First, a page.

Addressing Qualified Personnel Shortages for Children Who Are Deaf or Hard of Hearing With an Interdisciplinary Service Learning Program Purpose To describe the student training benefits for speech-language pathology graduate students involved in an interdisciplinary, community-based intervention program at a Midwestern university for families of preschool children who were deaf or hard of hearing (DHH) and auditory-based spoken language users. Method The Auditory and Language Enriched Program ... Supplement Article
Supplement Article  |   December 01, 2011
Addressing Qualified Personnel Shortages for Children Who Are Deaf or Hard of Hearing With an Interdisciplinary Service Learning Program
 
Author Affiliations & Notes
  • Lori A. Pakulski
    The University of Toledo, Toledo, OH
  • Correspondence to Lori A. Pakulski: lori.pakulski@utoledo.edu
  • Editor and Associate Editor: Sheila Pratt
    Editor and Associate Editor: Sheila Pratt×
Article Information
Hearing Disorders / Professional Issues & Training / Supplement: Using Service Learning to Enhance Undergraduate and Graduate Education in Audiology and Aural Rehabilitation
Supplement Article   |   December 01, 2011
Addressing Qualified Personnel Shortages for Children Who Are Deaf or Hard of Hearing With an Interdisciplinary Service Learning Program
American Journal of Audiology, December 2011, Vol. 20, S203-S219. doi:10.1044/1059-0889(2011/11-0005)
History: Received January 10, 2011 , Revised June 21, 2011 , Accepted October 11, 2011
 
American Journal of Audiology, December 2011, Vol. 20, S203-S219. doi:10.1044/1059-0889(2011/11-0005)
History: Received January 10, 2011; Revised June 21, 2011; Accepted October 11, 2011
Web of Science® Times Cited: 7

Purpose To describe the student training benefits for speech-language pathology graduate students involved in an interdisciplinary, community-based intervention program at a Midwestern university for families of preschool children who were deaf or hard of hearing (DHH) and auditory-based spoken language users.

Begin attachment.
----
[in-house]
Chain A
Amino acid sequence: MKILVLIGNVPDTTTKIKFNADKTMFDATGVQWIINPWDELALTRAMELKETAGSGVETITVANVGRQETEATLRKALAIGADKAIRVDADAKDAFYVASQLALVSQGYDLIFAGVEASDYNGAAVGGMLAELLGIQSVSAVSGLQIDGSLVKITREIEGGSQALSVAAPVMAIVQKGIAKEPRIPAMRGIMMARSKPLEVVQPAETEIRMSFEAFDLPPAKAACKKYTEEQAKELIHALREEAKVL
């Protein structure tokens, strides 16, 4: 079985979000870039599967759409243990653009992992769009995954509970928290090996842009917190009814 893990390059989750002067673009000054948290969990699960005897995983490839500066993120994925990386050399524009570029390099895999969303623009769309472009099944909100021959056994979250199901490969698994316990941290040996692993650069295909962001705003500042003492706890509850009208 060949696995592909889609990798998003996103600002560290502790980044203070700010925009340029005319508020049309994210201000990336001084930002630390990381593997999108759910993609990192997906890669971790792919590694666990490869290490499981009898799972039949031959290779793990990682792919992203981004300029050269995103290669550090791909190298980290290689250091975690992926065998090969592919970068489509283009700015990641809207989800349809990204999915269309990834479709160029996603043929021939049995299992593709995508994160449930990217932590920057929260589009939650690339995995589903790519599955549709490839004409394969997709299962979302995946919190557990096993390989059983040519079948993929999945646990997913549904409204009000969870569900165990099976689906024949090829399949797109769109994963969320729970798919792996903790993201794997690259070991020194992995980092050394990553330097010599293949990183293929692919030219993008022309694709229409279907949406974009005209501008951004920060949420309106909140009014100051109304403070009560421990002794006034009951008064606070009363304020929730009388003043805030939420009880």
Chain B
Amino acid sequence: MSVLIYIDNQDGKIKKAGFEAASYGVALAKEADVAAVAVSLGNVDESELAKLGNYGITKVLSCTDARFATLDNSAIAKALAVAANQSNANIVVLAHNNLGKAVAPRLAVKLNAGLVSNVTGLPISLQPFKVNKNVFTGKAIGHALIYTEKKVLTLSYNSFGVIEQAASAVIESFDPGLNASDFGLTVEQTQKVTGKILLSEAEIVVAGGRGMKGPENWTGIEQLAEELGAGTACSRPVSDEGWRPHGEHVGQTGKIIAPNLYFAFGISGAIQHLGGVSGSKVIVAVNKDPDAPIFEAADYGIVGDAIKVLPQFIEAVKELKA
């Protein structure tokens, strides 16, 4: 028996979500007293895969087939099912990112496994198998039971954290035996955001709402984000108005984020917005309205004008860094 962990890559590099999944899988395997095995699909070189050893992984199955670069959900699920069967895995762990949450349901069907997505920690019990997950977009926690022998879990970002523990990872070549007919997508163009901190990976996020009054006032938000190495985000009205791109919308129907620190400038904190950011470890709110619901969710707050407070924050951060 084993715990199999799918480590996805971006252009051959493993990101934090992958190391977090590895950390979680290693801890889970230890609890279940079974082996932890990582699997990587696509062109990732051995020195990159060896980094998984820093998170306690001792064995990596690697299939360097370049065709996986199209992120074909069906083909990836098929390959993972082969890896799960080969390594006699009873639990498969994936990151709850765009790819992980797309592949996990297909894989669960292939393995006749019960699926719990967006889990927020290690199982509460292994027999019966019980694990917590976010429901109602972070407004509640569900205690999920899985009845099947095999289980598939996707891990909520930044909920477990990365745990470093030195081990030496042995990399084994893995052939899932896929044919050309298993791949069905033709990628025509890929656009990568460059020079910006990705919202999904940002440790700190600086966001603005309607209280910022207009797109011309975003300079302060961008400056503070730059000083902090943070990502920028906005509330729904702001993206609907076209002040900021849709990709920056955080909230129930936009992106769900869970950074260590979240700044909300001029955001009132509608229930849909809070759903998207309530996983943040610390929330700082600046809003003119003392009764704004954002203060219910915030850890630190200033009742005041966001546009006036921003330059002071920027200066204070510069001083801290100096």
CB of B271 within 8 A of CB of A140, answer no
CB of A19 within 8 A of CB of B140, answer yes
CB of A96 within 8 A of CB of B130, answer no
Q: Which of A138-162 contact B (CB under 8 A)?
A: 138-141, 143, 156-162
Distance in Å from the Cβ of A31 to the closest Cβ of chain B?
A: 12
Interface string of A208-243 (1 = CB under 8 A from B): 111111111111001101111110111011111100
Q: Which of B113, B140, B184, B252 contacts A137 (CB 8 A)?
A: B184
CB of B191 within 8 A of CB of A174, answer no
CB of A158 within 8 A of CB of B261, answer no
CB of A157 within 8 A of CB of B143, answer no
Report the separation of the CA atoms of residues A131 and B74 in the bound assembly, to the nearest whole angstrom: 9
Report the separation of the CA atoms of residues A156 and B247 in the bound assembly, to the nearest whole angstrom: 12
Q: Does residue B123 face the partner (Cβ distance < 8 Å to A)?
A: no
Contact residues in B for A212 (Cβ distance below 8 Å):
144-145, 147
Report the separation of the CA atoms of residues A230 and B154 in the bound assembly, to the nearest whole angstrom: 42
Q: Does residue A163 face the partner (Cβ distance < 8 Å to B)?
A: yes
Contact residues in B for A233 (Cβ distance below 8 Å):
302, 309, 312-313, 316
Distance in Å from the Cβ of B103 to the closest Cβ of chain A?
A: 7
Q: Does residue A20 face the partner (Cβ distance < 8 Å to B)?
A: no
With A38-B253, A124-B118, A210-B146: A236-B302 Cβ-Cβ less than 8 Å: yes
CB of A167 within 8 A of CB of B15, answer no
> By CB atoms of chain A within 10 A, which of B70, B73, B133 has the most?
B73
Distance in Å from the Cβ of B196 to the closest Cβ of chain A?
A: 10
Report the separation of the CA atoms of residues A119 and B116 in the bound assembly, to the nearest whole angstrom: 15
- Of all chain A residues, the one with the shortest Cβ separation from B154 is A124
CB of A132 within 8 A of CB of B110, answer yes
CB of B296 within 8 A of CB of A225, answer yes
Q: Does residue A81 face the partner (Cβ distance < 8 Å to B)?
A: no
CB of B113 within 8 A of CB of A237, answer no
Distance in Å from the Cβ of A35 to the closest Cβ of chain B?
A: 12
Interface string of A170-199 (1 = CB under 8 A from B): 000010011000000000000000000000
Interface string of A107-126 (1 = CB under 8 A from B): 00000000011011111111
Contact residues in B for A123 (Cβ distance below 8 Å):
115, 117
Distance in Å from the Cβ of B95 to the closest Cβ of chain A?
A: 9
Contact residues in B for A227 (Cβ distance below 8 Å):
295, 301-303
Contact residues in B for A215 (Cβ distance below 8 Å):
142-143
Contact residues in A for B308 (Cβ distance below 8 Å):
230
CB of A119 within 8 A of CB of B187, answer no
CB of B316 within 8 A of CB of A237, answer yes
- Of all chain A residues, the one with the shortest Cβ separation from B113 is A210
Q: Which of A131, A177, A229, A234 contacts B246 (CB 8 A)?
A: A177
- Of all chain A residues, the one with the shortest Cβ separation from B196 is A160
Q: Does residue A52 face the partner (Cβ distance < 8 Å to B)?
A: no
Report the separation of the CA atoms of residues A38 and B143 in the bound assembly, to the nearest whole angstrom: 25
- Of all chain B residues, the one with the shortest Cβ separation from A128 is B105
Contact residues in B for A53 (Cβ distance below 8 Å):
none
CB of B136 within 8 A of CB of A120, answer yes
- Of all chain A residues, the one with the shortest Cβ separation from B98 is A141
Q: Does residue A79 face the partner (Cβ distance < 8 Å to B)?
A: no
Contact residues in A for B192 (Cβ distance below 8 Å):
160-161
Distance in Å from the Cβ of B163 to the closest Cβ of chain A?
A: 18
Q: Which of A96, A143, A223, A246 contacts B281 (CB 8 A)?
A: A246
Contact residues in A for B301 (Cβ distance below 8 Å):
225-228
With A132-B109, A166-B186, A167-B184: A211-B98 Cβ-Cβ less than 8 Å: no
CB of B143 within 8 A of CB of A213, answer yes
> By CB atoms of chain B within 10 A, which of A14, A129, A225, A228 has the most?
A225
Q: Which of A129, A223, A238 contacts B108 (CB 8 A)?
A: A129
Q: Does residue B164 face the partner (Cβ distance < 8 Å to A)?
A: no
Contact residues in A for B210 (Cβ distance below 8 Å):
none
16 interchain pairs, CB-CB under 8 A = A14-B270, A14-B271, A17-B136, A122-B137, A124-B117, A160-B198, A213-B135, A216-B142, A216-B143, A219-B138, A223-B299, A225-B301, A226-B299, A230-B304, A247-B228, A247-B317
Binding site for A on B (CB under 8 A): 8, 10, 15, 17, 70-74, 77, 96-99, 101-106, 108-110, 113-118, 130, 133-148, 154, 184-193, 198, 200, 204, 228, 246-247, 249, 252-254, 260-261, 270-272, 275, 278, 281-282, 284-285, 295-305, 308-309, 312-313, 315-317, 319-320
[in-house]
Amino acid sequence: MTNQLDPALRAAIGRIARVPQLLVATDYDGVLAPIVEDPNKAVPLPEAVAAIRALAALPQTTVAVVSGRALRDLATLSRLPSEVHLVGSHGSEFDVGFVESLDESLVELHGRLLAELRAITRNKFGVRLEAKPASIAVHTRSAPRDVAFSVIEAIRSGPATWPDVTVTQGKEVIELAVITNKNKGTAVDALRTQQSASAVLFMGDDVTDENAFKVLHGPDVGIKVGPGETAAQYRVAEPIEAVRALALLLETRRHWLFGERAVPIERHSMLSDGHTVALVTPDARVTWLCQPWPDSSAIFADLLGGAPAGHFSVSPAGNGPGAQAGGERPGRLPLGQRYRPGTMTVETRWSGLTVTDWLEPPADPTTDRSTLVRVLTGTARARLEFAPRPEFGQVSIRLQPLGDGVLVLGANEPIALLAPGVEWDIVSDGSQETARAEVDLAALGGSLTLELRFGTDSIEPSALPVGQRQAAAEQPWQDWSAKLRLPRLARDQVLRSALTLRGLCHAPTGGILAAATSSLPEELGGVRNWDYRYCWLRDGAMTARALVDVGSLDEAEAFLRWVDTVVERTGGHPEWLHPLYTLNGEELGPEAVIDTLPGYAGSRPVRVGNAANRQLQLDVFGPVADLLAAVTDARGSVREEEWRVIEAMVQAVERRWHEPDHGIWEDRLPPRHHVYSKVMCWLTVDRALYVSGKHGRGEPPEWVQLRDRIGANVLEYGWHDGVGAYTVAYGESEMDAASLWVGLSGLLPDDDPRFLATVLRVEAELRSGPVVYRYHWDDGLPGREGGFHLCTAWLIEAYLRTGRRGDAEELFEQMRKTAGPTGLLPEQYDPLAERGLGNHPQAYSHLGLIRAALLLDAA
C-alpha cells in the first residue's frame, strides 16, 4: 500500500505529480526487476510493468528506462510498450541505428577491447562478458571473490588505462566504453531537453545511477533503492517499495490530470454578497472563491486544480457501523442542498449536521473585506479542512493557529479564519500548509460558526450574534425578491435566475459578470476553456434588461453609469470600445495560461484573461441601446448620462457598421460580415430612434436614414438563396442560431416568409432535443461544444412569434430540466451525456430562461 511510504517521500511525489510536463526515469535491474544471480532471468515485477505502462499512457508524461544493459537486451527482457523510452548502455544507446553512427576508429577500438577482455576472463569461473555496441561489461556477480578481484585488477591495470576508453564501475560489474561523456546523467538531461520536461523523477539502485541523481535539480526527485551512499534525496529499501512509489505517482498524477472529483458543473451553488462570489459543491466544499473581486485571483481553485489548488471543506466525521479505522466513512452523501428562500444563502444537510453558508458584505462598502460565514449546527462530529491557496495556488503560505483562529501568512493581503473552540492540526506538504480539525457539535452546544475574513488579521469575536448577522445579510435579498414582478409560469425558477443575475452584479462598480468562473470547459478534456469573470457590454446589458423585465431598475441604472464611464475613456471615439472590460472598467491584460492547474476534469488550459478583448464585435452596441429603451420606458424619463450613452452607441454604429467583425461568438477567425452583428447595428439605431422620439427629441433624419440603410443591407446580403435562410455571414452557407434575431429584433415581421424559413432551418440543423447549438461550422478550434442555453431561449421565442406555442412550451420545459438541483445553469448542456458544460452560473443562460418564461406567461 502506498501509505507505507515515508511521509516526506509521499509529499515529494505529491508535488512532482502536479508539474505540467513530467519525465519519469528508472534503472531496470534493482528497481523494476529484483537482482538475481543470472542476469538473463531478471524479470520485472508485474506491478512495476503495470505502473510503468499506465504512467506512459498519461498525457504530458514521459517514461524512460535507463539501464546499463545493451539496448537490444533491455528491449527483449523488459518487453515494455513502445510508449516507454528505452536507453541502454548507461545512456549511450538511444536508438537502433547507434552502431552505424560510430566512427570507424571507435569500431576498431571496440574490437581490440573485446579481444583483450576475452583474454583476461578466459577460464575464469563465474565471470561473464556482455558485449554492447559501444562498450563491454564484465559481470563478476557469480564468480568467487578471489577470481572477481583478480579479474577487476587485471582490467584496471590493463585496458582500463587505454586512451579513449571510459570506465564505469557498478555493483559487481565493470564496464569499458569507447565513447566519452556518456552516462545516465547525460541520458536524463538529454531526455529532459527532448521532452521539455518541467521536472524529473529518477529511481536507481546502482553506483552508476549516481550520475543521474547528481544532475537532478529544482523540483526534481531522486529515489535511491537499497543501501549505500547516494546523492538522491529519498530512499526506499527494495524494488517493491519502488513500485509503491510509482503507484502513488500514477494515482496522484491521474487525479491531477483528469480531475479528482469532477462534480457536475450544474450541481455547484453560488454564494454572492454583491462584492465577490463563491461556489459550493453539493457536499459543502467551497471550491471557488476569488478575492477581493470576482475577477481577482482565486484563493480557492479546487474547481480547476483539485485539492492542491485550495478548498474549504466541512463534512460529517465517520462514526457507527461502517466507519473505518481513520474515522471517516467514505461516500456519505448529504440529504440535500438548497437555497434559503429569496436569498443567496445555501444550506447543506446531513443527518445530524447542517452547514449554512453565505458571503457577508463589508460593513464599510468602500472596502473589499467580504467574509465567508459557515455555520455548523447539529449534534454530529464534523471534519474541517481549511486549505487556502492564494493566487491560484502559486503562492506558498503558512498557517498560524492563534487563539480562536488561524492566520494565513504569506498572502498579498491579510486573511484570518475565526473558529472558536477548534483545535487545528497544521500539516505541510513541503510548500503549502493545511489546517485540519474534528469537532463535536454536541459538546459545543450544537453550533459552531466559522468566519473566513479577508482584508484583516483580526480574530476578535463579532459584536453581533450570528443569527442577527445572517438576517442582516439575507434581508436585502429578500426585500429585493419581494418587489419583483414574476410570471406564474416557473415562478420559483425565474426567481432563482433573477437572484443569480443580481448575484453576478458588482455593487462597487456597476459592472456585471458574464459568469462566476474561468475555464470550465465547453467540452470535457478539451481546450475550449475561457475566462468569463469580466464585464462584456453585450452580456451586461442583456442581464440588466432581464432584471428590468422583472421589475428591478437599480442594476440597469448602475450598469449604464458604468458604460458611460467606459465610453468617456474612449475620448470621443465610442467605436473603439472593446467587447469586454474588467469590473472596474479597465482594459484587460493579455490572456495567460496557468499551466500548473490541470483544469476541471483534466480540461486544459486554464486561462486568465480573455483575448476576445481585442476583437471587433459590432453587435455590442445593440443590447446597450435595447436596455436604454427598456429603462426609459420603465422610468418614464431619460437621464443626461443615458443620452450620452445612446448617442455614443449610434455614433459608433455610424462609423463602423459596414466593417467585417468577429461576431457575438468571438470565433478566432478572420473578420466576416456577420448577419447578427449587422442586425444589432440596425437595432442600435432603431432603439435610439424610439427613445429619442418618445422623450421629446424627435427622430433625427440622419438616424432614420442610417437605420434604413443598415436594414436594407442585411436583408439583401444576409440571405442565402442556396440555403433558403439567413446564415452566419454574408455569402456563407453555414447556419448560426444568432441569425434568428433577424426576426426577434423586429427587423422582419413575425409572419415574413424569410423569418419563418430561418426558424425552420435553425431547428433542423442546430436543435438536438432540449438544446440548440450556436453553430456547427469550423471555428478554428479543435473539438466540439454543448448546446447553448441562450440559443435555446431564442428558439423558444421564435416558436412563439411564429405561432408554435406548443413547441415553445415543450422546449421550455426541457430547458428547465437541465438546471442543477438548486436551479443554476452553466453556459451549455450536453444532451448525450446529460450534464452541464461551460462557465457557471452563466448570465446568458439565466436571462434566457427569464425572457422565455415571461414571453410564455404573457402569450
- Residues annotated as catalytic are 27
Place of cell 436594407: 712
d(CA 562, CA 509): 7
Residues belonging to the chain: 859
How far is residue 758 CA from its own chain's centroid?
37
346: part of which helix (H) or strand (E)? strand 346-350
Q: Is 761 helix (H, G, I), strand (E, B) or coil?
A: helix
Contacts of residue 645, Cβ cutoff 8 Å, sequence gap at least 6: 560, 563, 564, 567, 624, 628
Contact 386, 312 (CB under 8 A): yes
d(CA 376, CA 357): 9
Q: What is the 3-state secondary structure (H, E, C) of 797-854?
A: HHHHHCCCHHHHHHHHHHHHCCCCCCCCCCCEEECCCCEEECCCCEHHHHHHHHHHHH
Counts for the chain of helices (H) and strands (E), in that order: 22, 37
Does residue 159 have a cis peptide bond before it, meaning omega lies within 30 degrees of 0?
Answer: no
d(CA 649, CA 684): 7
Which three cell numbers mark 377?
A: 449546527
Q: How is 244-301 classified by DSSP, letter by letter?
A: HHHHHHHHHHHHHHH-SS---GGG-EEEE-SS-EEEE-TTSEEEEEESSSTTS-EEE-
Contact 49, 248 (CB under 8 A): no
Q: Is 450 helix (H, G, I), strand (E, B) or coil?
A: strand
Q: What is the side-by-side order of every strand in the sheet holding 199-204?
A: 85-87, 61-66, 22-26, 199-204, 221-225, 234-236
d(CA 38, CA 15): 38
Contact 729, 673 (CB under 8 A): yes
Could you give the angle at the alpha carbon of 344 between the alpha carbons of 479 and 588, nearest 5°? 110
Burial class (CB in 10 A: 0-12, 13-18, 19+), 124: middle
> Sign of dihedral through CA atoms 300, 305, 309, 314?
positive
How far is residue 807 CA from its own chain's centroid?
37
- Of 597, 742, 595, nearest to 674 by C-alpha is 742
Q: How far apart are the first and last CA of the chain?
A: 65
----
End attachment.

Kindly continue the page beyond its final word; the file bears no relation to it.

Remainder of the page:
Method The Auditory and Language Enriched Program was developed to provide graduate students with a clinically relevant service learning opportunity that also met some unique community needs of families in the community. Specifically, students learned to provide families with imaginative ways to expose their children who were DHH to language and literacy and nurture their natural curiosity and zest for learning.

Results Statistically significant improvement was noted between pre- and postintervention questionnaires of knowledge and skill related to intervention for this population by a single group of students.

Conclusions An interdisciplinary service learning approach to intervention might provide opportunities for university graduate programs to address the immediate and long-term needs of families who have chosen a spoken language outcome for their young children who are DHH while simultaneously providing invaluable experience with low-incidence populations for their preservice graduate students.

Order a Subscription
Pay Per View
Entire American Journal of Audiology content & archive
24-hour access
This Article
24-hour access